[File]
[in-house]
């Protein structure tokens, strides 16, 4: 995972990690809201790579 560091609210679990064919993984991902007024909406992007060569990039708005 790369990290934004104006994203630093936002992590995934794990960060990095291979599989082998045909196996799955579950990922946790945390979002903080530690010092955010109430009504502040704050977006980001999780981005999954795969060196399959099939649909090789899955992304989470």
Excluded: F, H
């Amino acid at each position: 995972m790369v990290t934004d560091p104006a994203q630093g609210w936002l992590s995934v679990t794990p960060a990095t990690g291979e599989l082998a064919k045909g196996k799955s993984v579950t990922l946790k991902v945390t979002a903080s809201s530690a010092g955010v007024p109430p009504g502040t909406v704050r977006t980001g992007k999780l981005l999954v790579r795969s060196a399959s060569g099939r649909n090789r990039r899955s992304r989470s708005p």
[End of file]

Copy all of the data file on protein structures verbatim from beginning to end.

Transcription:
[in-house]
């Protein structure tokens, strides 16, 4: 995972990690809201790579 560091609210679990064919993984991902007024909406992007060569990039708005 790369990290934004104006994203630093936002992590995934794990960060990095291979599989082998045909196996799955579950990922946790945390979002903080530690010092955010109430009504502040704050977006980001999780981005999954795969060196399959099939649909090789899955992304989470």
Excluded: F, H
């Amino acid at each position: 995972m790369v990290t934004d560091p104006a994203q630093g609210w936002l992590s995934v679990t794990p960060a990095t990690g291979e599989l082998a064919k045909g196996k799955s993984v579950t990922l946790k991902v945390t979002a903080s809201s530690a010092g955010v007024p109430p009504g502040t909406v704050r977006t980001g992007k999780l981005l999954v790579r795969s060196a399959s060569g099939r649909n090789r990039r899955s992304r989470s708005p």